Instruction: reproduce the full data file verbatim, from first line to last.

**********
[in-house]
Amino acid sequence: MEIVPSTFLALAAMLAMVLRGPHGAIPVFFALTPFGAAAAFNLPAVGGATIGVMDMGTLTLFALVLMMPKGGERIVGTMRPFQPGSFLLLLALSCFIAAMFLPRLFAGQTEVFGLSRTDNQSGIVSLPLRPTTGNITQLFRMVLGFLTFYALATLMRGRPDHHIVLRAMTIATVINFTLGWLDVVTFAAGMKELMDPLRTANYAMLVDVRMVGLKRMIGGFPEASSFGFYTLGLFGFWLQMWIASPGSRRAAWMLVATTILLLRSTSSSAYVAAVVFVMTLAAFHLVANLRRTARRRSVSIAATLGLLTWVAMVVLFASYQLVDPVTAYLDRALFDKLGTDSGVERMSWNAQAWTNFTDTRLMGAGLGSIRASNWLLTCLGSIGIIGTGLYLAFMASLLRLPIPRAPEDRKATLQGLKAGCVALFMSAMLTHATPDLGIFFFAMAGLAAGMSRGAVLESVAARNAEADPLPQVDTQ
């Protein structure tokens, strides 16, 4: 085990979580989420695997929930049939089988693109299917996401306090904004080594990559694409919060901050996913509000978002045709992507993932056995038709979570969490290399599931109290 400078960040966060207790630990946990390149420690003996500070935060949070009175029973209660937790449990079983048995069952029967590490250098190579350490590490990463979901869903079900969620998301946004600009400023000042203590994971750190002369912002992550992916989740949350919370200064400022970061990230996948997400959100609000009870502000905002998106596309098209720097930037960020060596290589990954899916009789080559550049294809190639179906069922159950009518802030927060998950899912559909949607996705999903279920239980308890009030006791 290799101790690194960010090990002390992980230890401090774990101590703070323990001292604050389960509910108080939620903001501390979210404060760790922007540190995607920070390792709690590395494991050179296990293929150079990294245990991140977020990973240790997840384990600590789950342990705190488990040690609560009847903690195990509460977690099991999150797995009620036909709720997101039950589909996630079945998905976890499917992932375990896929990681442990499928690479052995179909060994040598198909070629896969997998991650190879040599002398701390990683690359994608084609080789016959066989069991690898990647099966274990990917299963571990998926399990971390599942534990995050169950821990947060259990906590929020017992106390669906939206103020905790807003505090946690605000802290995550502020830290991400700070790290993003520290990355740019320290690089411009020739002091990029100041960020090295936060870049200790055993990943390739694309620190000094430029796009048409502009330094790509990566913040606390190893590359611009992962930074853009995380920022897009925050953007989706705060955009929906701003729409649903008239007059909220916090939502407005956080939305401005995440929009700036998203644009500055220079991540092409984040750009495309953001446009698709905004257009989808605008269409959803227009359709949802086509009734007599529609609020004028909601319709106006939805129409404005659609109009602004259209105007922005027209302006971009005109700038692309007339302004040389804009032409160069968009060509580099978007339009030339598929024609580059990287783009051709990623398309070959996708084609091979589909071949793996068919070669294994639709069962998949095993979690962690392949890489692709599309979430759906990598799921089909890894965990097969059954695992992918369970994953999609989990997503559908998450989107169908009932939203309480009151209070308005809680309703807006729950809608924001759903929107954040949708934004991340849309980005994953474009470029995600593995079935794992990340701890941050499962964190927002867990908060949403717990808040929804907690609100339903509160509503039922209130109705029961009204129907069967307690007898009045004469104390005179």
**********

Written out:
[in-house]
Amino acid sequence: MEIVPSTFLALAAMLAMVLRGPHGAIPVFFALTPFGAAAAFNLPAVGGATIGVMDMGTLTLFALVLMMPKGGERIVGTMRPFQPGSFLLLLALSCFIAAMFLPRLFAGQTEVFGLSRTDNQSGIVSLPLRPTTGNITQLFRMVLGFLTFYALATLMRGRPDHHIVLRAMTIATVINFTLGWLDVVTFAAGMKELMDPLRTANYAMLVDVRMVGLKRMIGGFPEASSFGFYTLGLFGFWLQMWIASPGSRRAAWMLVATTILLLRSTSSSAYVAAVVFVMTLAAFHLVANLRRTARRRSVSIAATLGLLTWVAMVVLFASYQLVDPVTAYLDRALFDKLGTDSGVERMSWNAQAWTNFTDTRLMGAGLGSIRASNWLLTCLGSIGIIGTGLYLAFMASLLRLPIPRAPEDRKATLQGLKAGCVALFMSAMLTHATPDLGIFFFAMAGLAAGMSRGAVLESVAARNAEADPLPQVDTQ
């Protein structure tokens, strides 16, 4: 085990979580989420695997929930049939089988693109299917996401306090904004080594990559694409919060901050996913509000978002045709992507993932056995038709979570969490290399599931109290 400078960040966060207790630990946990390149420690003996500070935060949070009175029973209660937790449990079983048995069952029967590490250098190579350490590490990463979901869903079900969620998301946004600009400023000042203590994971750190002369912002992550992916989740949350919370200064400022970061990230996948997400959100609000009870502000905002998106596309098209720097930037960020060596290589990954899916009789080559550049294809190639179906069922159950009518802030927060998950899912559909949607996705999903279920239980308890009030006791 290799101790690194960010090990002390992980230890401090774990101590703070323990001292604050389960509910108080939620903001501390979210404060760790922007540190995607920070390792709690590395494991050179296990293929150079990294245990991140977020990973240790997840384990600590789950342990705190488990040690609560009847903690195990509460977690099991999150797995009620036909709720997101039950589909996630079945998905976890499917992932375990896929990681442990499928690479052995179909060994040598198909070629896969997998991650190879040599002398701390990683690359994608084609080789016959066989069991690898990647099966274990990917299963571990998926399990971390599942534990995050169950821990947060259990906590929020017992106390669906939206103020905790807003505090946690605000802290995550502020830290991400700070790290993003520290990355740019320290690089411009020739002091990029100041960020090295936060870049200790055993990943390739694309620190000094430029796009048409502009330094790509990566913040606390190893590359611009992962930074853009995380920022897009925050953007989706705060955009929906701003729409649903008239007059909220916090939502407005956080939305401005995440929009700036998203644009500055220079991540092409984040750009495309953001446009698709905004257009989808605008269409959803227009359709949802086509009734007599529609609020004028909601319709106006939805129409404005659609109009602004259209105007922005027209302006971009005109700038692309007339302004040389804009032409160069968009060509580099978007339009030339598929024609580059990287783009051709990623398309070959996708084609091979589909071949793996068919070669294994639709069962998949095993979690962690392949890489692709599309979430759906990598799921089909890894965990097969059954695992992918369970994953999609989990997503559908998450989107169908009932939203309480009151209070308005809680309703807006729950809608924001759903929107954040949708934004991340849309980005994953474009470029995600593995079935794992990340701890941050499962964190927002867990908060949403717990808040929804907690609100339903509160509503039922209130109705029961009204129907069967307690007898009045004469104390005179």